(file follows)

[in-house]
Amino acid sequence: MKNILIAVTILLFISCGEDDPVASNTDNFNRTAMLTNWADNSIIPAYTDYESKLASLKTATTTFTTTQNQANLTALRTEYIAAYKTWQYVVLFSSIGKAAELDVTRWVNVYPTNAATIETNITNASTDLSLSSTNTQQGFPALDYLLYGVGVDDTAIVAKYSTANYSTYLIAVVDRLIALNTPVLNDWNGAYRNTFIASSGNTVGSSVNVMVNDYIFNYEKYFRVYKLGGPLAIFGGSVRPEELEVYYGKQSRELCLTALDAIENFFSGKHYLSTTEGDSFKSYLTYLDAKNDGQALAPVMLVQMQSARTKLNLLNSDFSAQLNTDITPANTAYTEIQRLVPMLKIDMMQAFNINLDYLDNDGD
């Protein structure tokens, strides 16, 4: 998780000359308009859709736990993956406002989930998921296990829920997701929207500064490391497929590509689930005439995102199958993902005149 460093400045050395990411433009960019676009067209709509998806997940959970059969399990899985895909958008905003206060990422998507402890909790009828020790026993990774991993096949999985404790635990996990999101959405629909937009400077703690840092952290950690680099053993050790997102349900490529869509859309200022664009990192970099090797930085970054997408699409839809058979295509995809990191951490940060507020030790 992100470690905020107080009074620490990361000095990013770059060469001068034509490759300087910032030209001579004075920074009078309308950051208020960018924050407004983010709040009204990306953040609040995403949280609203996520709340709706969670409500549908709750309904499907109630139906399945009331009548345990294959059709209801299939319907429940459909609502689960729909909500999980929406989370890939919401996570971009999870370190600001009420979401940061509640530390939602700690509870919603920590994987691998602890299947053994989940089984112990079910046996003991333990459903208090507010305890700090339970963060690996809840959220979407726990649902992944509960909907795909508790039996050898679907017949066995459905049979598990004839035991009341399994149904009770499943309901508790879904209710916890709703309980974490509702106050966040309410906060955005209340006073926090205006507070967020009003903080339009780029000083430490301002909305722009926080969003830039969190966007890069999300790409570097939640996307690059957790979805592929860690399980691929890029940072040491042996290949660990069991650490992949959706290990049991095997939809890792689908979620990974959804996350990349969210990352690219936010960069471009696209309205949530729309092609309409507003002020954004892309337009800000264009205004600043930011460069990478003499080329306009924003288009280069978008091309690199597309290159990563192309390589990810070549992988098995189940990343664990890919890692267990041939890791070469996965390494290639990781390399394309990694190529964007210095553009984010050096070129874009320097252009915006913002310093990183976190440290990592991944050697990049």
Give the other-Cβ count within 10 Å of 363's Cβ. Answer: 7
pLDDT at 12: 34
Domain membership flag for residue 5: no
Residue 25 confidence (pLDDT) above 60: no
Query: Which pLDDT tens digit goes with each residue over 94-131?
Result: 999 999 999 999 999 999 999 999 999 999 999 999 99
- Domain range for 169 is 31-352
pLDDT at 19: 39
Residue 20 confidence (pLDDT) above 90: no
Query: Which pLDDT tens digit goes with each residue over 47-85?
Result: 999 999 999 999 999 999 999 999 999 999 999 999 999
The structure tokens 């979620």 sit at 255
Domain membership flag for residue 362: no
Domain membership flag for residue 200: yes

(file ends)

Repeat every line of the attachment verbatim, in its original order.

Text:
[in-house]
Amino acid sequence: MKNILIAVTILLFISCGEDDPVASNTDNFNRTAMLTNWADNSIIPAYTDYESKLASLKTATTTFTTTQNQANLTALRTEYIAAYKTWQYVVLFSSIGKAAELDVTRWVNVYPTNAATIETNITNASTDLSLSSTNTQQGFPALDYLLYGVGVDDTAIVAKYSTANYSTYLIAVVDRLIALNTPVLNDWNGAYRNTFIASSGNTVGSSVNVMVNDYIFNYEKYFRVYKLGGPLAIFGGSVRPEELEVYYGKQSRELCLTALDAIENFFSGKHYLSTTEGDSFKSYLTYLDAKNDGQALAPVMLVQMQSARTKLNLLNSDFSAQLNTDITPANTAYTEIQRLVPMLKIDMMQAFNINLDYLDNDGD
């Protein structure tokens, strides 16, 4: 998780000359308009859709736990993956406002989930998921296990829920997701929207500064490391497929590509689930005439995102199958993902005149 460093400045050395990411433009960019676009067209709509998806997940959970059969399990899985895909958008905003206060990422998507402890909790009828020790026993990774991993096949999985404790635990996990999101959405629909937009400077703690840092952290950690680099053993050790997102349900490529869509859309200022664009990192970099090797930085970054997408699409839809058979295509995809990191951490940060507020030790 992100470690905020107080009074620490990361000095990013770059060469001068034509490759300087910032030209001579004075920074009078309308950051208020960018924050407004983010709040009204990306953040609040995403949280609203996520709340709706969670409500549908709750309904499907109630139906399945009331009548345990294959059709209801299939319907429940459909609502689960729909909500999980929406989370890939919401996570971009999870370190600001009420979401940061509640530390939602700690509870919603920590994987691998602890299947053994989940089984112990079910046996003991333990459903208090507010305890700090339970963060690996809840959220979407726990649902992944509960909907795909508790039996050898679907017949066995459905049979598990004839035991009341399994149904009770499943309901508790879904209710916890709703309980974490509702106050966040309410906060955005209340006073926090205006507070967020009003903080339009780029000083430490301002909305722009926080969003830039969190966007890069999300790409570097939640996307690059957790979805592929860690399980691929890029940072040491042996290949660990069991650490992949959706290990049991095997939809890792689908979620990974959804996350990349969210990352690219936010960069471009696209309205949530729309092609309409507003002020954004892309337009800000264009205004600043930011460069990478003499080329306009924003288009280069978008091309690199597309290159990563192309390589990810070549992988098995189940990343664990890919890692267990041939890791070469996965390494290639990781390399394309990694190529964007210095553009984010050096070129874009320097252009915006913002310093990183976190440290990592991944050697990049």
Give the other-Cβ count within 10 Å of 363's Cβ. Answer: 7
pLDDT at 12: 34
Domain membership flag for residue 5: no
Residue 25 confidence (pLDDT) above 60: no
Query: Which pLDDT tens digit goes with each residue over 94-131?
Result: 999 999 999 999 999 999 999 999 999 999 999 999 99
- Domain range for 169 is 31-352
pLDDT at 19: 39
Residue 20 confidence (pLDDT) above 90: no
Query: Which pLDDT tens digit goes with each residue over 47-85?
Result: 999 999 999 999 999 999 999 999 999 999 999 999 999
The structure tokens 């979620």 sit at 255
Domain membership flag for residue 362: no
Domain membership flag for residue 200: yes